+1 Recommend
3 collections
      • Record: found
      • Abstract: found
      • Article: found

      Pandemic COVID-19: current status and challenges of antiviral therapies


      Read this article at

          There is no author summary for this article yet. Authors can add summaries to their articles on ScienceOpen to make them more accessible to a non-specialist audience.


          The pandemic COVID-19, caused by a new coronavirus SARS-CoV-2 infection, has infected over 6 million individuals and caused more than 364,000 death worldwide. Currently, there is no specific drug to treating this disease. Here we summarized the mechanisms of antiviral therapies and the clinic findings from different countries. Antiviral chemotherapies have been conducted by in multiple cohorts in different counties. Although FDA has fast approved remdesivir for treating COVID-19, it only speeds up recovery from COVID-19 with mildly reduced mortality. The chloroquine was suggested a potential drug against SARS-CoV-2 infection due to its in vitro antiviral effects, it is imperative high-quality data from worldwide clinical trials are necessitated for an approved therapy. In terms of hydroxychloroquine (HCQ) therapy, although WHO has stopped all the clinic trials due to its strong side-effects in COVID patients, large scale clinical trials with a long-term outcome follow-up may warrant HCQ and azithromycin combination in combating the virus. Convalescent plasma (CP) therapy suggested its safety use in SARS-CoV-2 infection; but both CP immunotherapy and NK cellular therapy must be manufactured and utilized according to scrupulous ethical and controlled conditions to guarantee a possible role of these products of human origin. Further research should be conducted to define the exact mechanism of SARS-CoV-2 pathogenesis, suitable animal models or ex vivo human lung tissues aid in studying replication, transmission and spread of the novel viruses, thereby facilitating highly effective therapies.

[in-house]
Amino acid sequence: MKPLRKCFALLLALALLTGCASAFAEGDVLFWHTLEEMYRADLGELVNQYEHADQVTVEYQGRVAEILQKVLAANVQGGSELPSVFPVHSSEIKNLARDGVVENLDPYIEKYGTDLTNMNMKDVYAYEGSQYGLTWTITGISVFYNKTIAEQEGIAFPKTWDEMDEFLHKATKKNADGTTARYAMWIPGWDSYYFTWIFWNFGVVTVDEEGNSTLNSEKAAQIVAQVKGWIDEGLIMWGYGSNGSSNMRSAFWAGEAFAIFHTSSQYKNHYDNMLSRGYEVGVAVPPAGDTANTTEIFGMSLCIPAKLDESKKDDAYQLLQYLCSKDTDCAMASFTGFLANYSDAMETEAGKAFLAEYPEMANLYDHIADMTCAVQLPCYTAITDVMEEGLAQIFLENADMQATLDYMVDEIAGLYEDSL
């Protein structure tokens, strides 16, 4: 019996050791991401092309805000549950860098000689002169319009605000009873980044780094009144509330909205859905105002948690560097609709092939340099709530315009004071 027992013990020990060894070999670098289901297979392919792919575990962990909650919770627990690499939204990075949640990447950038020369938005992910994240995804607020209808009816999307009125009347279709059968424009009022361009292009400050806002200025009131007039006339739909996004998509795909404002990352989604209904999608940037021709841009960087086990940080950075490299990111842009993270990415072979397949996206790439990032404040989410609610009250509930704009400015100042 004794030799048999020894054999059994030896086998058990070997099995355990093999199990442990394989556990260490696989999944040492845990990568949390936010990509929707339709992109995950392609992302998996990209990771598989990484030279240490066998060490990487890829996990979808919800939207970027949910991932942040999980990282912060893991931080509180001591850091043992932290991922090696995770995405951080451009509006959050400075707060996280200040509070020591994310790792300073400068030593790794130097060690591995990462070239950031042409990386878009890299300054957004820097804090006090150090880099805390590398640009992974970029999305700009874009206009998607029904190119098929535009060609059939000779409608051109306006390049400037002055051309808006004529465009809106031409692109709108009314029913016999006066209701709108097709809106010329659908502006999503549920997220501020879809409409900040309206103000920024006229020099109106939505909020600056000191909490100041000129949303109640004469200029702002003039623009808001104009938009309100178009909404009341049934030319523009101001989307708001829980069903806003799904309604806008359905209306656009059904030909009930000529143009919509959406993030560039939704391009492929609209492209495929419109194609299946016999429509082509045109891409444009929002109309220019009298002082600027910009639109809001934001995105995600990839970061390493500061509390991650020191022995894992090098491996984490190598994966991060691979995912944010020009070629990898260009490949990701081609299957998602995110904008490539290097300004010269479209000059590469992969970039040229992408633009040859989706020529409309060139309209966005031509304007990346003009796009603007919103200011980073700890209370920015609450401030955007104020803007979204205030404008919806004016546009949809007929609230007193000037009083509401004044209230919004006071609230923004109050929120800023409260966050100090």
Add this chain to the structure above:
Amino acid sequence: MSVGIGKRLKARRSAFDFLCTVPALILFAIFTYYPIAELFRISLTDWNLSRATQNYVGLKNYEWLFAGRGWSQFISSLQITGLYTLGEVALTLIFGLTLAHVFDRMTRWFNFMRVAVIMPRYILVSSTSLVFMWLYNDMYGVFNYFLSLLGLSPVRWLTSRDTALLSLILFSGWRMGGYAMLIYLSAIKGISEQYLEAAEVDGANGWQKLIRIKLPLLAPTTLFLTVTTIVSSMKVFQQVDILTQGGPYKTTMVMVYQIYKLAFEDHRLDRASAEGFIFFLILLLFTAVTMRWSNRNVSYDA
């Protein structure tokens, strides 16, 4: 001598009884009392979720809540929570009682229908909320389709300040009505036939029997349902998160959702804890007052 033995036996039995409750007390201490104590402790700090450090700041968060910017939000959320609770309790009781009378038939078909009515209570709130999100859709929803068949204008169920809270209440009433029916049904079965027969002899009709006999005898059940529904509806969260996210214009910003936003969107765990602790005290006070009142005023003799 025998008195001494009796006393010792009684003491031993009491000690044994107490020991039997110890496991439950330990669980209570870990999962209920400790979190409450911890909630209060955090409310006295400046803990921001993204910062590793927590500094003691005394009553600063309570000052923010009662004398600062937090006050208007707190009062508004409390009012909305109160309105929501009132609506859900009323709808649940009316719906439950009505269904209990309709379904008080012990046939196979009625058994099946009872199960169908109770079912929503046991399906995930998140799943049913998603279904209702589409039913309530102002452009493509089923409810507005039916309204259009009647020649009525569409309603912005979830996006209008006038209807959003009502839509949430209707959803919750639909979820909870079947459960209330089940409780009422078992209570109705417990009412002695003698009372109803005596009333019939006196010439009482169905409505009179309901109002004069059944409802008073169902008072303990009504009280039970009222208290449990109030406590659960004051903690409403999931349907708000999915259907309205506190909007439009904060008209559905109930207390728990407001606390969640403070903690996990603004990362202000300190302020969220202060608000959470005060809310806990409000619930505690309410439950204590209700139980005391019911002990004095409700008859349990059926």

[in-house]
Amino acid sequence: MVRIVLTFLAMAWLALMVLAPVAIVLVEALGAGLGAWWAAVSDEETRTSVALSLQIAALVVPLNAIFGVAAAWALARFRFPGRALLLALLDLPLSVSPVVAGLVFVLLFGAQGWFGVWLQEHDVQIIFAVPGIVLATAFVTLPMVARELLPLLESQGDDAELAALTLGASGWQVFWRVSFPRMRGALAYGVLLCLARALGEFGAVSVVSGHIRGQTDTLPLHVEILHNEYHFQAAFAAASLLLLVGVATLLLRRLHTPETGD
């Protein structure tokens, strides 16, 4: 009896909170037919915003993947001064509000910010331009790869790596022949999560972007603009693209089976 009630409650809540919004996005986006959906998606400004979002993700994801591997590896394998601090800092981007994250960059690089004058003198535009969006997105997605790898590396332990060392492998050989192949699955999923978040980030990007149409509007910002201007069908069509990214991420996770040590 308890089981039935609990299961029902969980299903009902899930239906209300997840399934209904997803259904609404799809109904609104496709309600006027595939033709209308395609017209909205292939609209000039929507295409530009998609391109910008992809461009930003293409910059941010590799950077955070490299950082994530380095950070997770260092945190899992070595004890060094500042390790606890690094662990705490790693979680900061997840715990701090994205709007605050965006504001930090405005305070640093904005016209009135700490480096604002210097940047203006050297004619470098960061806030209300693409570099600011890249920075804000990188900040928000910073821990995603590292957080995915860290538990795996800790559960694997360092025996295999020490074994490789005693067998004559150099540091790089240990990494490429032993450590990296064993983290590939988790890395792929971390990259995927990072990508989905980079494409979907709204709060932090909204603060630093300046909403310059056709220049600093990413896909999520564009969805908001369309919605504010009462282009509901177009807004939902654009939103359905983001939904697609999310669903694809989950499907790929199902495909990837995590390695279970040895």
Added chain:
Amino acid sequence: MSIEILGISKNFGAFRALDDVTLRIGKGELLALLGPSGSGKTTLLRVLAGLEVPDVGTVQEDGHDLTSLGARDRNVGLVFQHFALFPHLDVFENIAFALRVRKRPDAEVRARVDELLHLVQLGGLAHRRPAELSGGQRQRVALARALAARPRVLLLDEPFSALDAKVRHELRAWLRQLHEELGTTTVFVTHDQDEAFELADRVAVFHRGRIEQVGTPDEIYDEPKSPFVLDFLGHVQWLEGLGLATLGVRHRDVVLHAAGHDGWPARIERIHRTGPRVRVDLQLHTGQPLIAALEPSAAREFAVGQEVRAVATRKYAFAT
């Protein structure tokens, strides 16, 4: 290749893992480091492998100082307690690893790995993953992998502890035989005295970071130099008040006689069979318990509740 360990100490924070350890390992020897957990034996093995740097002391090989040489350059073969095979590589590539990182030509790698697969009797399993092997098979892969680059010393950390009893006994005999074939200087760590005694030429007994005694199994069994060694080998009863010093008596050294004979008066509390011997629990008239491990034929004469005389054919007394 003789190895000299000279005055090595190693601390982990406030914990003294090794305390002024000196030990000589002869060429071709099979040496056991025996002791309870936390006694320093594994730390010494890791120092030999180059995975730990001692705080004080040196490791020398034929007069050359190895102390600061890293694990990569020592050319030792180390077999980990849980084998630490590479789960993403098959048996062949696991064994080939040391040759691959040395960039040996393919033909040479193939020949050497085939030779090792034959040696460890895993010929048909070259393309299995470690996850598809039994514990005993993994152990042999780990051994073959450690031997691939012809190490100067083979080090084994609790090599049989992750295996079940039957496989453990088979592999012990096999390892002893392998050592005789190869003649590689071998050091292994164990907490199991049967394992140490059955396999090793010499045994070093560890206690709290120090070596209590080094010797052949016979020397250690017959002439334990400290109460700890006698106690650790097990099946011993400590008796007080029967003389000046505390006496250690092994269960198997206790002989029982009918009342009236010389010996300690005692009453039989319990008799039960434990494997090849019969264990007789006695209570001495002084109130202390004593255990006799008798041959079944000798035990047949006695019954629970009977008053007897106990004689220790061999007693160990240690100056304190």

Related collections

          Author and article information

          Genes Dis
          Genes Dis
          Genes & Diseases
          Chongqing Medical University. Production and hosting by Elsevier B.V.
          7 July 2020
          7 July 2020
          [1 ]Department of Biomedical sciences, City University of Hong Kong, Hong Kong, China
          [2 ]Rensselaer Polytechnic Institute, Troy, New York, USA
          [3 ]CityU Shenzhen Research Institute, Nanshan, Shenzhen, China
          Author notes
          []Corresponding author. mlhe7788@ 123456gmail.com
          © 2020 Chongqing Medical University. Production and hosting by Elsevier B.V.

          Since January 2020 Elsevier has created a COVID-19 resource centre with free information in English and Mandarin on the novel coronavirus COVID-19. The COVID-19 resource centre is hosted on Elsevier Connect, the company's public news and information website. Elsevier hereby grants permission to make all its COVID-19-related research that is available on the COVID-19 resource centre - including this research content - immediately available in PubMed Central and other publicly funded repositories, such as the WHO COVID database with rights for unrestricted research re-use and analyses in any form or by any means with acknowledgement of the original source. These permissions are granted for free by Elsevier for as long as the COVID-19 resource centre remains active.

          : 30 May 2020
          : 23 June 2020
          : 2 July 2020

          covid-19,coronavirus,sars-cov-2,cov,remdesivir,chloroquine,hydroxychloroquine,cq,hcq,ivermectin,convalescent plasma,convalescent plasma therapy,cp,natural killer cell therapy,nk


          Comment on this article